Jack Wood is a very happy man, having just picked up his first 911 - and it's a GT3.
At the end of March last year I made one of the biggest mistakes I have ever made in my motoring life: I sold my beloved Cayman S. The Cayman, or the Caymonster as it became affectionately known to the Drive Cult fraternity, was a dream that turned into love and then into a passion. It was a car that taught me almost everything I know about handling, balance, communication, and ultimately, driving.
But after pushing the Cayman to what I felt were its natural limits, I hankered after what is the next logical progression, a GT3. I sold the car on a whim to a very dear friend, thinking that it would be an easy step to make it up to a Porsche GT car, only to find myself bogged down in the quagmire of negotiations with she who must be obeyed. My original plan had been to move straight to a 997 GT3 but it quickly became clear that money put aside for such a purchase had already been "allocated" to a large and expensive piece of construction on our house...
Twelve months later, very little had changed and my other half was being very truculent about the prospect of spending such a large sum of money on what she saw as essentially a toy (how do women have such power to denigrate our passions to such base terms?). However, a week ago I made an offhand suggestion that I would maybe consider a slightly older car, then showed her a pristine black 996 GT3 for sale at 911 Virgin. She’s as much of a sucker for a shiny black car as I am, and this time I got a less than hostile response and a request for a bit more information. At that very moment I knew I had a chance and I had to take it!
Six days and a hundred phone calls later I lay awake in bed at 3:40am watching the near-static figures on the alarm clock click slowly up. Why does time pass so slowly when you want it to fly? I was trapped within a never-ending 10-minute window whole hours before the need to rise for the day’s adventures.
Saturday 14th April 2012 turned out to be one of those great days. A pre-dawn start to catch a train to London, a Tube ride and a lift from a friend later and I'm stood in the perfectly manicured courtyard at 911 Virgin in Uxbridge as a Basalt Black 996 GT3 mkII slowly came into view, its fat Michelins crunching on the gravel.
For years I’ve been a confirmed 996 naysayer, always preferring the more modern lines of the 997, but I found myself completely besotted with this car from the moment it rolled to a halt in front of me. I was rooted to the spot and for a good 10 minutes I just stood there with a mug of extremely good coffee going cold in my hands as I took in the sight of my new car.
It looked purposeful, taut, full of aggression and absolutely immaculate. Everything I’d hoped for and more. Eventually I realised that I was probably looking a bit stupid just standing there staring, but I almost didn’t want to get too close to it for fear of breaking the illusion that the car was actually mine.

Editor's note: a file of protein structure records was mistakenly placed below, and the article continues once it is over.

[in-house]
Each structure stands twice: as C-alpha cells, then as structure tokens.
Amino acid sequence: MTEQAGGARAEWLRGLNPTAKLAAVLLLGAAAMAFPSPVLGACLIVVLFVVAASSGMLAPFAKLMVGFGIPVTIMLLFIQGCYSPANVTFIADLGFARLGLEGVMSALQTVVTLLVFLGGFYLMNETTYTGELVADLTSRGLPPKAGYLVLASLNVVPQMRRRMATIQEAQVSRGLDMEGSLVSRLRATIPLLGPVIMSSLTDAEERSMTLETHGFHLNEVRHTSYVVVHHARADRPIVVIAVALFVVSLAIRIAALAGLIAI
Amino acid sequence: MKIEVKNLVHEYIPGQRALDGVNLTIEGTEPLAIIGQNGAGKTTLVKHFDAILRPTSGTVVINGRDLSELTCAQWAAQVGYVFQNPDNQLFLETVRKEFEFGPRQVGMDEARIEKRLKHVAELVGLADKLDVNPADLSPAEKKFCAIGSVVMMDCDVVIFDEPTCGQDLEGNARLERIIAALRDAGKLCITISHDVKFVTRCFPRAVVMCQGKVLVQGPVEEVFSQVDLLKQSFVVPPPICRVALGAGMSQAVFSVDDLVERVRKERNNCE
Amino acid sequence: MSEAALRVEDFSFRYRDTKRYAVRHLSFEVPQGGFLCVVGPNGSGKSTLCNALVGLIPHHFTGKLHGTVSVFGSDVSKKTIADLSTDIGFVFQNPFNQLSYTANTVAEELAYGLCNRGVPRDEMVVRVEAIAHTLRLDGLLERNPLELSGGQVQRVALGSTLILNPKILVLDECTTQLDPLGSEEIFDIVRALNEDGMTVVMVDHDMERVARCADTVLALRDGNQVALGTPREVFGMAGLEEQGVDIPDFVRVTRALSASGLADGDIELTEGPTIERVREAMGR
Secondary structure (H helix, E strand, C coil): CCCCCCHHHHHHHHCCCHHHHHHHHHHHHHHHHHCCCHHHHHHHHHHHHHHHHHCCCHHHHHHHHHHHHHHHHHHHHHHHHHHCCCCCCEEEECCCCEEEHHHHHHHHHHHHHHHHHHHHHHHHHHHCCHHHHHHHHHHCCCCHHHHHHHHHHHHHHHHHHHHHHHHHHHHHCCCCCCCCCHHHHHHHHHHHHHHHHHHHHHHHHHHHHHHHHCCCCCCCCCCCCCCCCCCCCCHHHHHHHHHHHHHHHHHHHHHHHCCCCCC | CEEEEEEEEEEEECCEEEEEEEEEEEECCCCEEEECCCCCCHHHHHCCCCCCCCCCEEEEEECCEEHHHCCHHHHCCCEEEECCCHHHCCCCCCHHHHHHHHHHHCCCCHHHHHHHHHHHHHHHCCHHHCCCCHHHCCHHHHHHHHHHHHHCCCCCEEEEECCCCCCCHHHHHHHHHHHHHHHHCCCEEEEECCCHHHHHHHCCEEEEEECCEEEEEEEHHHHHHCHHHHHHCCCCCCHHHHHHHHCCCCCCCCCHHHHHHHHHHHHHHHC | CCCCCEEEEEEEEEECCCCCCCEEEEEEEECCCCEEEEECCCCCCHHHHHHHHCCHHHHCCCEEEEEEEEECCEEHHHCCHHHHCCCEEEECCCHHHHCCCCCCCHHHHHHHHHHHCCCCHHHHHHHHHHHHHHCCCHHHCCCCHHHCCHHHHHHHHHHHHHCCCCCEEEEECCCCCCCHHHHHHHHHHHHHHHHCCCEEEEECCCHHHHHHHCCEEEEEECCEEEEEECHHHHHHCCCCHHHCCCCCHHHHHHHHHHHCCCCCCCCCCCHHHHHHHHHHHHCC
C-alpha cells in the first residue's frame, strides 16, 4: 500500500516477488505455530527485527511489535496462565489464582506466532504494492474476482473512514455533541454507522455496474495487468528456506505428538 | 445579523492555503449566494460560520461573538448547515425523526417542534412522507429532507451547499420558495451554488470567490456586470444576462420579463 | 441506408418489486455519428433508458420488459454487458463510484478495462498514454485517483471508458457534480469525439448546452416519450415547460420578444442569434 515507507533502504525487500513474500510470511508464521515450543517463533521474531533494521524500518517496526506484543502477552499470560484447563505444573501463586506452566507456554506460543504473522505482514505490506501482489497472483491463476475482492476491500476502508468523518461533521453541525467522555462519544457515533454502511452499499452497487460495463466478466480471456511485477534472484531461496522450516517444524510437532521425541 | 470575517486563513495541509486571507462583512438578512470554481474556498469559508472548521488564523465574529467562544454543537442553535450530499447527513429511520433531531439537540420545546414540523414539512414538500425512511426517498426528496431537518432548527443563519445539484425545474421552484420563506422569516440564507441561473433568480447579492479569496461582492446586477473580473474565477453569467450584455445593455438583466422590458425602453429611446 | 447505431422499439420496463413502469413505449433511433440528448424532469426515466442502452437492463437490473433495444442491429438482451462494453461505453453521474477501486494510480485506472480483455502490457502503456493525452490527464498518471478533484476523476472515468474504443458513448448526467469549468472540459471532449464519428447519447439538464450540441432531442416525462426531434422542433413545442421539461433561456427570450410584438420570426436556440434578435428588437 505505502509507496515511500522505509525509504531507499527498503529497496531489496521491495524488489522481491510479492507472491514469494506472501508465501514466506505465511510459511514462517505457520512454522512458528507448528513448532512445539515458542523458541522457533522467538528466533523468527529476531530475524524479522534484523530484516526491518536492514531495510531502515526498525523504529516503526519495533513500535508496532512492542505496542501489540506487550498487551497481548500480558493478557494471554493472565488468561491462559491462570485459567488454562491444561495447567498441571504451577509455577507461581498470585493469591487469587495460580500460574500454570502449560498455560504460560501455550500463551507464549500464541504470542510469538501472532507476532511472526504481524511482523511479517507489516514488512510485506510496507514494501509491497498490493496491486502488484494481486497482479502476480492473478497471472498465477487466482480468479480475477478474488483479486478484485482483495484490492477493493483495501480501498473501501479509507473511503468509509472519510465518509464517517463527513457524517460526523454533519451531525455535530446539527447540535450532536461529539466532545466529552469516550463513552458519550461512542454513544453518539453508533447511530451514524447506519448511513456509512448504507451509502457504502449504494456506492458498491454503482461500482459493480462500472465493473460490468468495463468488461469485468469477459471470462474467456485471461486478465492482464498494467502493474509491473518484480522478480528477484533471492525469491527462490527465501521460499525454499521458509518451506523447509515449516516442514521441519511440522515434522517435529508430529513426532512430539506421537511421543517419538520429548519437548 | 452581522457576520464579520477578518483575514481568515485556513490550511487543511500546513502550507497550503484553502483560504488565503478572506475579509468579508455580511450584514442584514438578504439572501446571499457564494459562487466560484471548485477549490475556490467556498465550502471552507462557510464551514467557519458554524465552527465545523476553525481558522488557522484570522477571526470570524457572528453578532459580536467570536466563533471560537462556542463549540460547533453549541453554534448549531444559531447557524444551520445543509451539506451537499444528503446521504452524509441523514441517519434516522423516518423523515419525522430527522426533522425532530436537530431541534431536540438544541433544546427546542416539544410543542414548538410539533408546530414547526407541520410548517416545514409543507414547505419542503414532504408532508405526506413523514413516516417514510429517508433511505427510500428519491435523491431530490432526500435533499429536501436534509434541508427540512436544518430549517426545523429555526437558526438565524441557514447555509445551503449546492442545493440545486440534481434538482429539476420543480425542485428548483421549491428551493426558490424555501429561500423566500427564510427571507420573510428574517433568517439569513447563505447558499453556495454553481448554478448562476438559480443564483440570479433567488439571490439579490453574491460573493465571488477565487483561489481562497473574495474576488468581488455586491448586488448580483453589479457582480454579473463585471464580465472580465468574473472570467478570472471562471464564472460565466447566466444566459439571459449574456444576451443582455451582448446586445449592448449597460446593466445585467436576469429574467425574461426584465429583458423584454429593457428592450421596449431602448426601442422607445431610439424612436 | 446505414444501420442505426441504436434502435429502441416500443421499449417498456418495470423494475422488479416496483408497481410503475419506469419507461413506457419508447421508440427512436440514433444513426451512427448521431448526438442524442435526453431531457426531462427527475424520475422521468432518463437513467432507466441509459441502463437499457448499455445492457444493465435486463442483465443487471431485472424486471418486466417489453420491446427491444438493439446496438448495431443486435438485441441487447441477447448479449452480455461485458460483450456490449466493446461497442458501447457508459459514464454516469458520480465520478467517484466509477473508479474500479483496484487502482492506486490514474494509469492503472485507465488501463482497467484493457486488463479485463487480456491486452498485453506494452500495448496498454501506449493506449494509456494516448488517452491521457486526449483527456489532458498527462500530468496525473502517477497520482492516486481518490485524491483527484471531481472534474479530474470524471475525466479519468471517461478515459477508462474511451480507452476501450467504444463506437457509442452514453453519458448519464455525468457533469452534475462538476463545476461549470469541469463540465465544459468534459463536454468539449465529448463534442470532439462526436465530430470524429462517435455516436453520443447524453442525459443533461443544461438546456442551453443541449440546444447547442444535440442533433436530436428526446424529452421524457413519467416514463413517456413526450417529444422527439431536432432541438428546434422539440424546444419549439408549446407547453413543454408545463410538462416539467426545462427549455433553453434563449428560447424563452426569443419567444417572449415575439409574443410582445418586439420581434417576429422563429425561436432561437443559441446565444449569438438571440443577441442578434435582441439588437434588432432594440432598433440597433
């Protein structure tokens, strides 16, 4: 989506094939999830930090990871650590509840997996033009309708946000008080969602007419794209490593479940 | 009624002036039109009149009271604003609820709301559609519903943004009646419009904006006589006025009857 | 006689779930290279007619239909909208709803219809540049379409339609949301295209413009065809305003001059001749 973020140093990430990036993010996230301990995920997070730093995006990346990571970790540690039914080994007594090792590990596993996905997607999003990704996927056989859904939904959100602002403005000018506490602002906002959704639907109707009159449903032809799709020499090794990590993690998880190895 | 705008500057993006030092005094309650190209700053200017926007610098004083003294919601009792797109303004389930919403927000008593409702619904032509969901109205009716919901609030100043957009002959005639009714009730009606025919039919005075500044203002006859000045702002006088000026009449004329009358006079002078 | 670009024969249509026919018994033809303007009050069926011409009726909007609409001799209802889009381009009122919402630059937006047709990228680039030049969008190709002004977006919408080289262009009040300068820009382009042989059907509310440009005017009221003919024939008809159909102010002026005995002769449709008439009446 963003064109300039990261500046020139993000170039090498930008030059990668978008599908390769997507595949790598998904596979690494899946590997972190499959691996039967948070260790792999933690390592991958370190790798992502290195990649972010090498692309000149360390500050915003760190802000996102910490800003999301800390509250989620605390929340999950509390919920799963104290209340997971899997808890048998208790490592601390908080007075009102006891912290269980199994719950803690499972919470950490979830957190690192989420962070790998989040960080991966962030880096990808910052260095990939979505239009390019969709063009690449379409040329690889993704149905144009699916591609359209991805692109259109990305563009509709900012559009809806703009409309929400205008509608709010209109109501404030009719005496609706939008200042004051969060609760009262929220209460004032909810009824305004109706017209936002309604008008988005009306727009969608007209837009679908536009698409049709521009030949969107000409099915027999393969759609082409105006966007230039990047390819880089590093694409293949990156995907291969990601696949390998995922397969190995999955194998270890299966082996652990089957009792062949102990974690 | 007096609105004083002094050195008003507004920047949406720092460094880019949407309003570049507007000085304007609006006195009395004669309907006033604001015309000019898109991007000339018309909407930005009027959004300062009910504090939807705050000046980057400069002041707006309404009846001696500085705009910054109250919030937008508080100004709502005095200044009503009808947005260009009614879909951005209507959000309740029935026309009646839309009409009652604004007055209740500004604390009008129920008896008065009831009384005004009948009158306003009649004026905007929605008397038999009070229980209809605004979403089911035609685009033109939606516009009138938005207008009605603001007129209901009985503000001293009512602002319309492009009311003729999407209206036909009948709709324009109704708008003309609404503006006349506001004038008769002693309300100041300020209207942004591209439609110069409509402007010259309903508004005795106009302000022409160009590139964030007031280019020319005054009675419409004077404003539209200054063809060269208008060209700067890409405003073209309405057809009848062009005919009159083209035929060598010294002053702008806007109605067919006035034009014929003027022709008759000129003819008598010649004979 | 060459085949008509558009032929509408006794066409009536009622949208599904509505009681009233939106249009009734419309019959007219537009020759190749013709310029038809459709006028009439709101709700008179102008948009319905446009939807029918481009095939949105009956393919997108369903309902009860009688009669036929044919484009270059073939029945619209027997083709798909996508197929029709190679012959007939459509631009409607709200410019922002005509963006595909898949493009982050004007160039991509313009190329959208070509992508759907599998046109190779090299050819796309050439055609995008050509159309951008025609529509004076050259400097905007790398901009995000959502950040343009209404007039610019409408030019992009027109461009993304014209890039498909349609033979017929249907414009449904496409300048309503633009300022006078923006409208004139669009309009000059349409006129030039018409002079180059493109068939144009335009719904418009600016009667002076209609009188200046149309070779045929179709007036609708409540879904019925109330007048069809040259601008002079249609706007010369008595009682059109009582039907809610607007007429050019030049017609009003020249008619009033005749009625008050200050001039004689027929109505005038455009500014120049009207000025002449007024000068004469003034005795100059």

Tom and Dan from 911 Virgin took me over every inch of the car, because as you might have guessed, I had paid a deposit on the car based on nothing more than a few photographs and a sales description on a website. I'd basically bought the car sight unseen. Admittedly I had asked a huge number of questions during the week prior to collection, most of which were on the suggestion of my local independent Porsche specialist Sports and Classic. They had looked after my Cayman for years post-warranty and the owner, Mike, actually owns and runs a mkII GT3 Clubsport, so he knows a thing or two about these cars.
All the responses to my questions had come back positive, and one of the reasons I was so interested in this car was due to the huge amount of remedial work that had been carried out in the past few months, including replacing the air-con condenser radiators and a full suspension setup by Chris Franklin at Centre Gravity. I knew for sure that it would mean a more enjoyable and reliable car in the short term, and smaller bills in the long term.
That said, regardless of the cars on-paper provenance I was shown exactly what 911 Virgin look for when they inspect a car for stock. Weld lines, rivet placements, flaking around fastenings, masking, overspray, the lot. From what I saw, the car was immaculate and 100% original. As a final act of transparency, Dan plugged the car into an ECU reader to demonstrate the number of running hours and any potentially fatal over-revs from missed shifts. Again, the car came up flawless.
So what exactly had I bought? Well, it's a 2004MY 996 GT3 MmII in non-ClubSport spec. Options-wise it has leather Recaro buckets, blue seatbelts (not sure about these), centre console, aluminium pack, CD and aircon, and it's all finished in Basalt Black, the same colour as my beloved Cayman. It's had 2 previous owners and covered just 32,000 miles in its life but looking at the exterior of the car and feeling the way it drives you'd swear it had done more like 10,000.
And oh, how it drives. Having had the pleasure of being loaned a 997 GT3 by Chris Harris last year I was expecting the 996 to feel slower and softer by comparison, but it only took a handful of miles to realise that the 996 is definitely not the crusty old relative. The engine is a genuine masterpiece, pulling strongly at any revs but absolutely ballistic between 5 and 8,000rpm. It's hard to believe that there is only 200cc difference in displacement between this unit and the engine in the back of my old Cayman. They feel poles apart.
To say I am happy would be an understatement. The whole package - the car, its condition, its provenance, the buying experience with 911 Virgin, the engine, the chassis - everything about the experience of buying, owning and driving my first Porsche GT3 has been sensational. Now my next step is to get my feet wet and get it onto the track. There are fun times ahead.